Like longer HIIT sessions, finishers can increase your post-workout calorie burn thanks to excess post-exercise oxygen consumption (or EPOC). When your body works near its maximum intensity, it starts to produce higher levels of adenosine triphosphate to fuel the muscles. When you stop moving, the body has to use more energy to repair muscle tissue and return to its normal resting state.
Even if you found the main workout quite easy, a finisher gives you an opportunity to boost your metabolism by going harder for a shorter period of time – and reaping similar results. According to a 2014 study, doing just 10 minutes of intense exercise during a 30-minute workout, three times a week, was enough to improve heart and lung health, metabolic health, oxygen supply and exercise tolerance.
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If you fancy building your own finisher, Emma suggests switching between different kinds of short challenges:
- EMOM: every minute on the minute
- AMRAP: as many rounds as possible
- Ladder: building and decreasing the number of reps for two or more exercises
- Tabata: eight sets of 20 seconds x exercise, 10 seconds x rest
- Pyramid: working your way down in reps
- Hill/flat surface/treadmill sprints: running at a fast pace for a set time, rest for short time, repeat for a specific set of repetitions.
Hannah’s favourite is something she calls the “21, 15, 9”. This three-found mini-workout involves doing 21 reps of a chosen exercise, then 15 reps and finishing with nine. “It’s great because the decorating rep range allows you to continue performing to a high level, even under fatigue.”
Try 21, 15, 9 reps of:
- Deadlifts (barbell or dumbbell)
- Hang cleans (barbell or dumbbell)
Your score is the time it takes you to complete all the reps. Note it down and compare that time in a month. Or, give one of Emma’s finishers ago and try a combination of these firm favourites:
1. Burpees (any variation)
2. DB snatches
3. KB swings
4. Squat jumps
5. Push ups
If we’re already tired, should we push through with a finisher?
Of course, you can have a totally effective and enjoyable workout without a finisher; it all comes down to your personal goal. If you want to improve your fitness level, then you might want to consider adding a spicy section to your workout that’ll bring up your heart rate and challenge your cardiovascular capacity. However, if your goal is to build strength, then lifting heavy without a conditioning section will still be great. “I personally prefer to do a little bit of everything in my own training and that of my clients,” Hannah says. “Balance is key!”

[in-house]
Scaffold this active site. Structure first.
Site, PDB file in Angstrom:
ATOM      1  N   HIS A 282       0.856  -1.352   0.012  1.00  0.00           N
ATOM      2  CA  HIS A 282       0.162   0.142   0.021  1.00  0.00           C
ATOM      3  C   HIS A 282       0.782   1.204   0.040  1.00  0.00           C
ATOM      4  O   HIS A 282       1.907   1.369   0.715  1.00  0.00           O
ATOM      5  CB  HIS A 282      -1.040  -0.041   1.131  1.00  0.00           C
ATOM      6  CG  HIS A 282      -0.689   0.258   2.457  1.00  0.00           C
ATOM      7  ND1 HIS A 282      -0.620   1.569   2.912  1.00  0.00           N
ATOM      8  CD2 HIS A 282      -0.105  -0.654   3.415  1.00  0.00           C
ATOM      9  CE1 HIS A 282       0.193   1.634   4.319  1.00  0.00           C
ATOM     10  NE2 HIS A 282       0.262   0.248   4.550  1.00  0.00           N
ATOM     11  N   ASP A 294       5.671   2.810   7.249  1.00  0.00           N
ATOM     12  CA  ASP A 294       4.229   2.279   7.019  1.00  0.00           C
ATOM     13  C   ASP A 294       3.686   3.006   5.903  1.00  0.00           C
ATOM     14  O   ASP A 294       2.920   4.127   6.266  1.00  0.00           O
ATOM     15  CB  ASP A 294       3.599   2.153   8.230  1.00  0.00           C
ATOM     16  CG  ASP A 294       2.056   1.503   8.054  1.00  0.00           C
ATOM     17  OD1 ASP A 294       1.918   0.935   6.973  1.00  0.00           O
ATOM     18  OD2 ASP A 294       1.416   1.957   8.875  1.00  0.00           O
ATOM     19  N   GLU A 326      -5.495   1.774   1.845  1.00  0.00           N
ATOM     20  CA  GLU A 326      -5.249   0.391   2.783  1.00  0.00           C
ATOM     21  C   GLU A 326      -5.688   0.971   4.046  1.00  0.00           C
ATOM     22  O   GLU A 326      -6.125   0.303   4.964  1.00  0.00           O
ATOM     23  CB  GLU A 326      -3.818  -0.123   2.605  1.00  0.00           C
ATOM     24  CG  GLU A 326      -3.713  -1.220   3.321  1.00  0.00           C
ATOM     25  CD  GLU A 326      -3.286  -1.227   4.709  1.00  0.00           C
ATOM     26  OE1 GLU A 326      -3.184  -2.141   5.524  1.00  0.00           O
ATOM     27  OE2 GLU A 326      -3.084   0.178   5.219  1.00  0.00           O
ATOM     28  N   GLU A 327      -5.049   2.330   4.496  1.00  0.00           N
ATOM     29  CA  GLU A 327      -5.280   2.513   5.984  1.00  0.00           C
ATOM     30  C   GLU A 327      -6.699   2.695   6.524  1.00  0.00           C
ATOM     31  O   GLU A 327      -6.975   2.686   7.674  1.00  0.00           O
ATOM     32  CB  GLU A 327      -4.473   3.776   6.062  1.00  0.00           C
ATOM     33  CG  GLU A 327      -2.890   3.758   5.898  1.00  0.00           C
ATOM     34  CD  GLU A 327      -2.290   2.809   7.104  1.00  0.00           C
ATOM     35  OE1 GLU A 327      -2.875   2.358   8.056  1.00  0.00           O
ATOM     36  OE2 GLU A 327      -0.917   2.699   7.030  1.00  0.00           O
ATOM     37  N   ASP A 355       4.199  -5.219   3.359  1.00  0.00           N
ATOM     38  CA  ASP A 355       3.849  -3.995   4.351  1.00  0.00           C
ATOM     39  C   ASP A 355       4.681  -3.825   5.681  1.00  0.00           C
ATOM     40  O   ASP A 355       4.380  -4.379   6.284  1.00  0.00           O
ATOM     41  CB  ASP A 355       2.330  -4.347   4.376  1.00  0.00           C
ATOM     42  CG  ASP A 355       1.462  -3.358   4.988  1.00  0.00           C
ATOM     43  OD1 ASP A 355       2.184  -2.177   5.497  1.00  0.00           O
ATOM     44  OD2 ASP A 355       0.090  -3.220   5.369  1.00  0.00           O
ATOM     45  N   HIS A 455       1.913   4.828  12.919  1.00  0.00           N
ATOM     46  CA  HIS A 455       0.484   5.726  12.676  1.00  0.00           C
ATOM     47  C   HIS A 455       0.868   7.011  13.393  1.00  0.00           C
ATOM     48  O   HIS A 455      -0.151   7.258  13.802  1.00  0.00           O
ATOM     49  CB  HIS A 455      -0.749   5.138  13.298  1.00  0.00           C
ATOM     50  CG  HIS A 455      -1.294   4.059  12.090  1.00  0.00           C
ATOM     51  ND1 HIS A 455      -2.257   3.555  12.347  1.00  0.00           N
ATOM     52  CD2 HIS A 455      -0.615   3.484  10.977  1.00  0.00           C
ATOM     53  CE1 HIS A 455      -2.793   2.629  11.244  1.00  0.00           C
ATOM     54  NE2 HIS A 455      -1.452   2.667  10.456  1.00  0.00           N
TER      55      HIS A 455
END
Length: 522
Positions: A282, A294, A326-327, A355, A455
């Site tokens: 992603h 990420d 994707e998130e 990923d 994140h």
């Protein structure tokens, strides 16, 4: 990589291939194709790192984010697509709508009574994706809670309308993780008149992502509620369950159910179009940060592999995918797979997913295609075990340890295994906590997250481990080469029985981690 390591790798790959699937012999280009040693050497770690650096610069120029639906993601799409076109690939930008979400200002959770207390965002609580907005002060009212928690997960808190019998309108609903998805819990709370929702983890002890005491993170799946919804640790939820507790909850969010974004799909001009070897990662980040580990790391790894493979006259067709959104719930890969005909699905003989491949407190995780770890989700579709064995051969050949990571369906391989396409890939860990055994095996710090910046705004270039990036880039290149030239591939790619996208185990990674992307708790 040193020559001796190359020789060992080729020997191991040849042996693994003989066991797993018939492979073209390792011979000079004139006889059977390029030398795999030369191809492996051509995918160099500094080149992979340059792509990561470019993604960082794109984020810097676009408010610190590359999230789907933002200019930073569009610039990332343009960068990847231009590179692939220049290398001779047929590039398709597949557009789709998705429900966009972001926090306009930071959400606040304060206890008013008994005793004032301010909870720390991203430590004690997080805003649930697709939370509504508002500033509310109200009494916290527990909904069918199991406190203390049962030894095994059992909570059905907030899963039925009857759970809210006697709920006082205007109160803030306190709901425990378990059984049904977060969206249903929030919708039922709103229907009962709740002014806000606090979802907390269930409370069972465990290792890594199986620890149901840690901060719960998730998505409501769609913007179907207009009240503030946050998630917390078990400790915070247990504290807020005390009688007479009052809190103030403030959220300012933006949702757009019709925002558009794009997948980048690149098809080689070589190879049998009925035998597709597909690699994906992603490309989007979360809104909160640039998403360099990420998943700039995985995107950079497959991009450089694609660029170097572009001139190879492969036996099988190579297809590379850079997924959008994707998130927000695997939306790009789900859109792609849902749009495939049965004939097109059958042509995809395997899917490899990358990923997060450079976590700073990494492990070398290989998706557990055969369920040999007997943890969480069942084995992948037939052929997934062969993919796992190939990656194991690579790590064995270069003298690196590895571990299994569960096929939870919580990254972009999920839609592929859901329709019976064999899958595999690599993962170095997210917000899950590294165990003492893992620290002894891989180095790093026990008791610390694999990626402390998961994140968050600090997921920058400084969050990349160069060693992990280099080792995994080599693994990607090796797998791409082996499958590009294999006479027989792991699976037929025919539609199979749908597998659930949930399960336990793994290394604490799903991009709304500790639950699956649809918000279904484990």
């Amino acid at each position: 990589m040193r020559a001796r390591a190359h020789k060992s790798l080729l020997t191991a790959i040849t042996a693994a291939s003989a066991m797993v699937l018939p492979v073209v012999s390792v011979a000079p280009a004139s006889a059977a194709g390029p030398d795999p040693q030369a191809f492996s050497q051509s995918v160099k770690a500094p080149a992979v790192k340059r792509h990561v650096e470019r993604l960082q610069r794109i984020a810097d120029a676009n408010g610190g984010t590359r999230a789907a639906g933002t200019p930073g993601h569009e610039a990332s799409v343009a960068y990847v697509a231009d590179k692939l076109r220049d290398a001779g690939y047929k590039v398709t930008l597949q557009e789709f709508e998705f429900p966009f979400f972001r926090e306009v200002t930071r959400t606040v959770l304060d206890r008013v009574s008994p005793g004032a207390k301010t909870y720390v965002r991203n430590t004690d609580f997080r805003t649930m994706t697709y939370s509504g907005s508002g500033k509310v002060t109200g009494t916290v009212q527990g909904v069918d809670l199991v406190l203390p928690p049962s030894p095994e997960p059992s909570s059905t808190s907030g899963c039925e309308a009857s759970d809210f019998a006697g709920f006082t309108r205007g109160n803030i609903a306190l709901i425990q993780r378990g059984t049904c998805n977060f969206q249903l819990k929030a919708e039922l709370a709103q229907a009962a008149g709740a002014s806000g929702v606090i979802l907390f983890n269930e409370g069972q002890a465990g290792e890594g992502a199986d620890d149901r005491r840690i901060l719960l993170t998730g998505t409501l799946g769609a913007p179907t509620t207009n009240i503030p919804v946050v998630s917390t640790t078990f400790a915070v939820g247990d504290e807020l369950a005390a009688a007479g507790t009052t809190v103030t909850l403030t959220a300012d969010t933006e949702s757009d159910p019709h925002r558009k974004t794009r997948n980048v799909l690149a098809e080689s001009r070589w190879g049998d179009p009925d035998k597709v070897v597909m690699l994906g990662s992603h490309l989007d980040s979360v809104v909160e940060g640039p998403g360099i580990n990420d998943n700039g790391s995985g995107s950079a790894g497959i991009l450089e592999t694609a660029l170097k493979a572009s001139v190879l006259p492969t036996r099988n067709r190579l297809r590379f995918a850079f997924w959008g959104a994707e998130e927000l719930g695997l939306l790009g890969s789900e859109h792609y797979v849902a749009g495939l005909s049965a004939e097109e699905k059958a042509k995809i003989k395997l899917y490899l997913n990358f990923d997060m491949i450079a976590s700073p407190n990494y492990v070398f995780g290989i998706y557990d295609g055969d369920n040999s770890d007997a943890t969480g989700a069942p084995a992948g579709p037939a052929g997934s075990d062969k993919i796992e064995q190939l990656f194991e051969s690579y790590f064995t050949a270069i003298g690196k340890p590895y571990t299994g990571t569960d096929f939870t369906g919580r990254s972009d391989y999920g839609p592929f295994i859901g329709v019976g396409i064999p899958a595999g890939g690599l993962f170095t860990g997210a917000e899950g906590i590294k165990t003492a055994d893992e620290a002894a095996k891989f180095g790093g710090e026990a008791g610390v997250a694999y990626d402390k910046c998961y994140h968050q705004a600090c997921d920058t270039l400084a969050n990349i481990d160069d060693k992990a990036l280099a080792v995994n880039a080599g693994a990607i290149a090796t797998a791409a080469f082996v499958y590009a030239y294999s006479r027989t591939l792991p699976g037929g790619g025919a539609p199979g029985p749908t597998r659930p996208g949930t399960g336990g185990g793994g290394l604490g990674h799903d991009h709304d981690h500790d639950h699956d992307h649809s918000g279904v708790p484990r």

Emma also agrees that you don’t always need a finisher to get results. “What is most important is to have regular, quality workouts where you’re performing exercises correctly and feel challenged.”
As always, it’s important to listen to your body – and that means skipping the finisher if you don’t feel up to it. “So many benefits are already gained from the workout, so seeing it through to the end and performing exercises with quality, correct movement patterns is more important,” Emma says. To truly get the benefit out of the finisher, you really need to give it your all, which means struggling through isn’t going to do you much good and may even put you at risk of developing an injury if you don’t have the energy to perform moves properly.
If you have more in the tank, drain it in the finisher. If you’re already beat from the main workout, it’s OK to skip forward the stretchy cooldown.
Ready to work up a sweat? Hop on over to the SWTC video library where you’ll find a range of 30-50 minute workouts, led by our very own trainers.
Miranda Larbi is the editor of Strong Women and Strong Women Training Club. A qualified personal trainer and vegan runner, she can usually be found training for the next marathon, seeking out vegan treats or cycling across London on a pond-green Tokyo bike.